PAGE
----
January 28, 2010
THINK Poised To Enter U.S. Automobile Market
The Norwegian electric carmaker THINK is set to enter the U.S. market with a new assembly facility -- thanks to a new quick charging system, AFP reported.
The company is set to begin operations later this year.
A growing number of small and large companies are looking to cash in on what is expected to be a growing market for electric vehicles, including the maker of quirky plug-in electric minicars, which has been operating in Europe for 19 years.
The company expects to begin work this year at an assembly facility in Elkhart, Indiana, and begin production in early 2011, with the goal of producing as many as 20,000 vehicles a year, according to THINK chief executive Richard Canny.
"The tiny startup is able to compete against some of the automotive giants in the marketplace. Unlike the market for conventional cars, the playing field is more level in the electric vehicle market," said Canny, an Australian who spent 25 years with Ford Motor Co. in various locations.
Canny told AFP that THINK has 19 years of experience building cars that start even during the frigid Scandinavian winters.
He is confident that the speed of a small company like theirs will offset the scale of the large companies.
Canny said U.S. sales will begin later in 2010 from cars produced at a facility in Finland. Initial sales are likely to be to company or government fleets, although he noted that some direct sales to consumers may take place as well.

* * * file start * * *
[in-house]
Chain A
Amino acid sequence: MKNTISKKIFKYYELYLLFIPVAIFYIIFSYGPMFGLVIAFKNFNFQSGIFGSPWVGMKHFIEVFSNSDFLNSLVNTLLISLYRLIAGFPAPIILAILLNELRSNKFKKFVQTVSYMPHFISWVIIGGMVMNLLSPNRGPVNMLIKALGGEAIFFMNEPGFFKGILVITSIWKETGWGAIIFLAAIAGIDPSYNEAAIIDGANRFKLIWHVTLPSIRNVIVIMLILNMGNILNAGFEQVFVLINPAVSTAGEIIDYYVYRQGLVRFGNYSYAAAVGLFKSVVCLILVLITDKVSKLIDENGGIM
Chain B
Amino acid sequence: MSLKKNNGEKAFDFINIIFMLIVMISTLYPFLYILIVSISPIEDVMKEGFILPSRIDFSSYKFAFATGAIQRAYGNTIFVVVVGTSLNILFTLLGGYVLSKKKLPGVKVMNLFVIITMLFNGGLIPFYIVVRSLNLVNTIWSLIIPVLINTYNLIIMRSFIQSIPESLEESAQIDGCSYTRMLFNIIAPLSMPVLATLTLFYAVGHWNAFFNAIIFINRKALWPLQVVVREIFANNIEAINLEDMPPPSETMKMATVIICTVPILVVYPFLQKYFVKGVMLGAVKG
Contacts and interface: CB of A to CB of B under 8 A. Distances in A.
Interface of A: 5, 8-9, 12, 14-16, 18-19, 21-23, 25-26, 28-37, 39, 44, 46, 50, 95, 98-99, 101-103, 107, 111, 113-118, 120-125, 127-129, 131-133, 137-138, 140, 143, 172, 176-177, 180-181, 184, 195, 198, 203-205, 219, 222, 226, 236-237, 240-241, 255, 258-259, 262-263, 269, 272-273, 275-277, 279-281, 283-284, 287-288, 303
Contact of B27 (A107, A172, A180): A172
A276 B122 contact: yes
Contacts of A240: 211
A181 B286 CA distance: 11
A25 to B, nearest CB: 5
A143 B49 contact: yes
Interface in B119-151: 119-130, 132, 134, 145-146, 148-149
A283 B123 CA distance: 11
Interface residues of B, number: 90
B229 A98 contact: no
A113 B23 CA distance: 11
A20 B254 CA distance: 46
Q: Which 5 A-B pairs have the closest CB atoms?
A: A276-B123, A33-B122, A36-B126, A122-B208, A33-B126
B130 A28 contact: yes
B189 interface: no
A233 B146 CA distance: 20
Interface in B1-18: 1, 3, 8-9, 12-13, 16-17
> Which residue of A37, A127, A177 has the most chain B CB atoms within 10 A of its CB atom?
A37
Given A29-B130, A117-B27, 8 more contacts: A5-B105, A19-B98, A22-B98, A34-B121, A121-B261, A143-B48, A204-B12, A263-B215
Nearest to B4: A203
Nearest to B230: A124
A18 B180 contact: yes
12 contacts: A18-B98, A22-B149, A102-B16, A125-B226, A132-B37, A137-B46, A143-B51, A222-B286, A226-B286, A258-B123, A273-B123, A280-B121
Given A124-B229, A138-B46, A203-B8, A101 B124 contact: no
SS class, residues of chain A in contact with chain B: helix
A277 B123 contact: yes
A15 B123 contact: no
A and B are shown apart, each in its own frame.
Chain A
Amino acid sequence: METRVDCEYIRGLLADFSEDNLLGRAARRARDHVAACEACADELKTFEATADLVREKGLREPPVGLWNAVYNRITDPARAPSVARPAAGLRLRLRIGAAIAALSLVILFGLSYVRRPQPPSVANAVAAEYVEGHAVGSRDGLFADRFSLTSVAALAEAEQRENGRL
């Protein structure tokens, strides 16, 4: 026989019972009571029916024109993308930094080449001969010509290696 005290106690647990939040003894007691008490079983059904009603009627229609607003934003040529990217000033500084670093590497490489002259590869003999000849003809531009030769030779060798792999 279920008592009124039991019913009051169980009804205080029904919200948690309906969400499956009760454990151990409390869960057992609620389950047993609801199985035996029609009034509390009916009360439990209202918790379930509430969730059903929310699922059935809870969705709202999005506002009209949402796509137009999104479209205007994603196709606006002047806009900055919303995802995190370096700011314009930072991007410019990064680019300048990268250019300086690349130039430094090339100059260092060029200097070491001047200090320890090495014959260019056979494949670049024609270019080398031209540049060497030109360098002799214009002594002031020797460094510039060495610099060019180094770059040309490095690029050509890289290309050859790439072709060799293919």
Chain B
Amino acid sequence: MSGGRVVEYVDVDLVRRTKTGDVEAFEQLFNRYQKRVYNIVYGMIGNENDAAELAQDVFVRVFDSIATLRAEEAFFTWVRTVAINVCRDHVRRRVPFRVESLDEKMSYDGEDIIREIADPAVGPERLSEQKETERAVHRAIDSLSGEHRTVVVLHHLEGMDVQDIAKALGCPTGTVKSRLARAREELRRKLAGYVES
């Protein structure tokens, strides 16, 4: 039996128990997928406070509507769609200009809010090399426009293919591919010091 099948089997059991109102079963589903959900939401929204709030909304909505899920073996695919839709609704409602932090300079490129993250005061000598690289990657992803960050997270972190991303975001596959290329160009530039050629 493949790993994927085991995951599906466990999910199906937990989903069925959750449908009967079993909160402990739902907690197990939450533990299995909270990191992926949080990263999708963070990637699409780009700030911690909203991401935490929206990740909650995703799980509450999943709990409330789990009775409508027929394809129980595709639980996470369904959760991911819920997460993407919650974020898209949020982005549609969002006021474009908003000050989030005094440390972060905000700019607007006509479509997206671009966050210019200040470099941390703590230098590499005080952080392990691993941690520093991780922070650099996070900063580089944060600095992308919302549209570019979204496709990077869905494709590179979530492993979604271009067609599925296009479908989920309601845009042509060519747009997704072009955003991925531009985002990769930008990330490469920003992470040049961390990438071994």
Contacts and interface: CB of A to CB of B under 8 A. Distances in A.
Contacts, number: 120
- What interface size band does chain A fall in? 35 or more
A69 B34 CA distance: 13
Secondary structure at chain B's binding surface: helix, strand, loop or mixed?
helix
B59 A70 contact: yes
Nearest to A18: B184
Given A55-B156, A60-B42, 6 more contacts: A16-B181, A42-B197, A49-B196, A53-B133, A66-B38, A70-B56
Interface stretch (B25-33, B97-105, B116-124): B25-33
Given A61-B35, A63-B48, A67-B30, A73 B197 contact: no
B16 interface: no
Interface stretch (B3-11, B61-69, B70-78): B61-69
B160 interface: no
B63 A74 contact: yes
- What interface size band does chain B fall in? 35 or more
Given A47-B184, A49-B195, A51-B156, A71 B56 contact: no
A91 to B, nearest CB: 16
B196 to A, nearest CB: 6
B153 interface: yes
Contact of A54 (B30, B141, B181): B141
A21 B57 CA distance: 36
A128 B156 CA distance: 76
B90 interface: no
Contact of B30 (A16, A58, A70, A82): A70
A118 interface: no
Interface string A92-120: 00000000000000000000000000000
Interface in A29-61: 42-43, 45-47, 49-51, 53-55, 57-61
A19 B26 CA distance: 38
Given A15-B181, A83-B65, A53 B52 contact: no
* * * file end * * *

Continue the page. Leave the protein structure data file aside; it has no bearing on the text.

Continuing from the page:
A large stake of the company is being held by EnerDel, an Indiana manufacturer of lithium-ion batteries that will be the supplier for THINK cars in the U.S., but the privately held group is backed by investors from the U.S. and elsewhere.
An announcement Tuesday by a developer of vehicle charging systems claims to provide an 80 percent charge in 15 minutes, at a price of just two to three dollars.
The California-based AeroVironment, Inc. will work with THINK on the new charging stations that will be installed in major cities. The fast-charge system employs a protocol developed by Tokyo Electric Power Company.
Canny called it a "major leap forward for electric vehicles" and said the development and deployment of very-fast-charge stations will help speed the electrification of automobiles in the United States and globally.
THINK has sold about 1,600 vehicles in Europe, but only a few hundred are the new generation THINK City, which has a top speed of more than 70 miles per hour and a range of more than 100 miles per full charge.
The car is likely to be sold at under 30,000 dollars, and that volume may eventually bring prices down to the "low 20,000 dollar" range, according to Canny.
But even though the price is higher than many conventional cars, it is offset by the fact that it is virtually maintenance-free and has operating costs of about two cents per mile.
Canny said the company is not yet profitable but "we are moving toward profitability."
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